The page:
• Finished Colt Steele’s Algorithms class

  • Finishing up the Front end certification lessons.

So most people on the forum go straight through the curriculum and would be further along than I am. But that is ok. I feel like I have learned a lot :grinning:

Next six months

  • Finishing up the rest of the javascript front end and back end certs

  • Complete a couple of full stack project outside of class

  • Create a react app outside of class

  • Contribute to more open source projects

  • Start working through more of cracking the coding interview( it is an awesome book but long :sweat_smile:)


That’s it.

Every approach has its pros and cons.
Every set of pros and cons lives in a dynamic relationship with you and your life circumstances.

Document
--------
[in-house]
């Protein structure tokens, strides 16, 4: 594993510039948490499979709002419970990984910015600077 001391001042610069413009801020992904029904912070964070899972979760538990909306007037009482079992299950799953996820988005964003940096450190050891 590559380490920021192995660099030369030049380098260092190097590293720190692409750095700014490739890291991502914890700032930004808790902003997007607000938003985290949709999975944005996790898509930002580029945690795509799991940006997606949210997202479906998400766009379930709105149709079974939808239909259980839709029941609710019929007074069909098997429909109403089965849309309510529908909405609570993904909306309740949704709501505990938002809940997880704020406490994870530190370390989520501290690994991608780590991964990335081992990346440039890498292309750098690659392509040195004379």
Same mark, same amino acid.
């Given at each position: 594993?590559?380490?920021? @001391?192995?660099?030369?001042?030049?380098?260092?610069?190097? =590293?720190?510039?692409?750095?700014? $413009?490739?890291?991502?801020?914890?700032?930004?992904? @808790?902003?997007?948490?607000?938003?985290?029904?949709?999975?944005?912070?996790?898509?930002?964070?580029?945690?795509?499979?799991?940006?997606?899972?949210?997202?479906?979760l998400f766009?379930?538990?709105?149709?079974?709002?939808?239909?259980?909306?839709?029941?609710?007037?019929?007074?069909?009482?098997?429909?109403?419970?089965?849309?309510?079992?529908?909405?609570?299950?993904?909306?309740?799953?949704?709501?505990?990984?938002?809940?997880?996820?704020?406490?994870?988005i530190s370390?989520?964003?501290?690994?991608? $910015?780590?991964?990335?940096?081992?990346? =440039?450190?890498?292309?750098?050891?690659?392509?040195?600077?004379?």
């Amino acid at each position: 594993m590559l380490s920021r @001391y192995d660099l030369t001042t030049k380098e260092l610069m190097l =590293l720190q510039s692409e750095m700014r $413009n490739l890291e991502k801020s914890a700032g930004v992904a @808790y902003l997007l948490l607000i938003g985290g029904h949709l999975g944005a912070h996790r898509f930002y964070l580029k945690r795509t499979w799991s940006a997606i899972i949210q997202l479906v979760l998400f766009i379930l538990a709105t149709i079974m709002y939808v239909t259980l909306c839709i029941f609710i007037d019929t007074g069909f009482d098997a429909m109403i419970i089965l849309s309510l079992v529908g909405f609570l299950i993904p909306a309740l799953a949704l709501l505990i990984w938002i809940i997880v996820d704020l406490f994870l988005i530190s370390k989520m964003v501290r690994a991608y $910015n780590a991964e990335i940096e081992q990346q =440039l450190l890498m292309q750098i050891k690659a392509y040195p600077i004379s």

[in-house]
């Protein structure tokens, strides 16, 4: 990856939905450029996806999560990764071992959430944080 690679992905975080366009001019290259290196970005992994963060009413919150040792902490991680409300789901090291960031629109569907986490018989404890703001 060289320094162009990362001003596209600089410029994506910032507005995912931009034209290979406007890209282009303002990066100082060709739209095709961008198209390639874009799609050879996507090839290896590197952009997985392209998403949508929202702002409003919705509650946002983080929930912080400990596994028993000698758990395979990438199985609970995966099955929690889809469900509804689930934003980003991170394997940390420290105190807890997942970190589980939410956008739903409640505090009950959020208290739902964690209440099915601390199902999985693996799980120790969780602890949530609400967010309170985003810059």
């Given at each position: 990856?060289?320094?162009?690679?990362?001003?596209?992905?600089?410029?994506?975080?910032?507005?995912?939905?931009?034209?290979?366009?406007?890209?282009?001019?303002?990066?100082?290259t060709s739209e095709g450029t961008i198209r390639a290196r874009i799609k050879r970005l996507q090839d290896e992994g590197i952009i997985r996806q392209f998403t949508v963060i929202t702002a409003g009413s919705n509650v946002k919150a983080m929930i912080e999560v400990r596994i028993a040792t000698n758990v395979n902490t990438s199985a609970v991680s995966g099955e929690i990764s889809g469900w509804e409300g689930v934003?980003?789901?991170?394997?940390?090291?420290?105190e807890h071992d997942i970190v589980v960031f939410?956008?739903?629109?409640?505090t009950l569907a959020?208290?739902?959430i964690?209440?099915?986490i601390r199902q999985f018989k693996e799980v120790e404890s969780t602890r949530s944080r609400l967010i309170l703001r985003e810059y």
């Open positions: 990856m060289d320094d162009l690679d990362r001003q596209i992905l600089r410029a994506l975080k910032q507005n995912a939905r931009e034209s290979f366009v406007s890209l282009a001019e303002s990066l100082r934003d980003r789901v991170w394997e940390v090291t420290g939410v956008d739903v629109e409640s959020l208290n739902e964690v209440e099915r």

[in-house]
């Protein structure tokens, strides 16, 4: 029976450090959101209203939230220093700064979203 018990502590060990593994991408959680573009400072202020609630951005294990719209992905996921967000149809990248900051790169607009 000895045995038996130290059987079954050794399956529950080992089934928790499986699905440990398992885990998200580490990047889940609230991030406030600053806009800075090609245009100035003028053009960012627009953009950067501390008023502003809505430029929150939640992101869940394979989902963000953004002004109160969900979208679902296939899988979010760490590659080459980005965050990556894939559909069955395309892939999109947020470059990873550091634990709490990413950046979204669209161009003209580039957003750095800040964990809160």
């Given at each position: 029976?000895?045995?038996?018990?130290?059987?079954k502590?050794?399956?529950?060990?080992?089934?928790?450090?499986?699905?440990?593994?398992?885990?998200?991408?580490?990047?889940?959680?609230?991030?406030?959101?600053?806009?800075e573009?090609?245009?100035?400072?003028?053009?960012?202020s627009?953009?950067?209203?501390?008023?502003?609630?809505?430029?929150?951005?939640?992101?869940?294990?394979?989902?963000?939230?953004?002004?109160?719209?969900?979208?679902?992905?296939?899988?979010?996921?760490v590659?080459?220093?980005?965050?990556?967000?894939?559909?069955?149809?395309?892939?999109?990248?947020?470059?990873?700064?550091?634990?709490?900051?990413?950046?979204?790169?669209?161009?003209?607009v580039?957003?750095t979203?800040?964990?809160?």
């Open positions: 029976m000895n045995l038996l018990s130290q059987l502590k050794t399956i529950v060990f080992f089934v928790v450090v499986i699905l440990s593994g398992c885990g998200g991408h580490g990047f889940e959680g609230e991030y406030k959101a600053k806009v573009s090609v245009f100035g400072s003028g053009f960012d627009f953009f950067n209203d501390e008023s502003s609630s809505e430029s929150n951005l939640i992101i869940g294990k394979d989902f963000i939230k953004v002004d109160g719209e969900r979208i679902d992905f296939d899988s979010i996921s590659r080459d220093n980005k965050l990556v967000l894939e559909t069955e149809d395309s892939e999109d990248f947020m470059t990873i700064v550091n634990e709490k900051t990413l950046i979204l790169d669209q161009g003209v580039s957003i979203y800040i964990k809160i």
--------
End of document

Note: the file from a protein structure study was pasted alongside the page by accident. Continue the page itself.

And every approach has a lot of people who love and hate it.

That’s why you have to create your own approach.

I see. Then do ONE THING. Not a Udemy course, FCC and a bootcamp all at the same time. There is a lot of redundant knowledge that is holding you back while telling that “But I put in the hours”. Doing the same stuff over and over again is not efficient. You have to do deliberate practice most of the time.

Learn to overcome the fear of missing out, because somewhere on the internet there could be this magic course.

Also learn to overcome the feeling of the need to feel ready to do your stuff. Programming is sometimes hard and frustrating.


Beware of tutorial hell @jojo4545.
It is very tempting to take udemy class after class on the same subject because its on sale. (udemy is always on sale)

But at some point you have to break free from the tutorials and build projects on your own as scary as it is. Learn the basics and then start building projects

You will never be 100% ready to tackle a project but that’s ok cause it is part of the learning process. :grinning: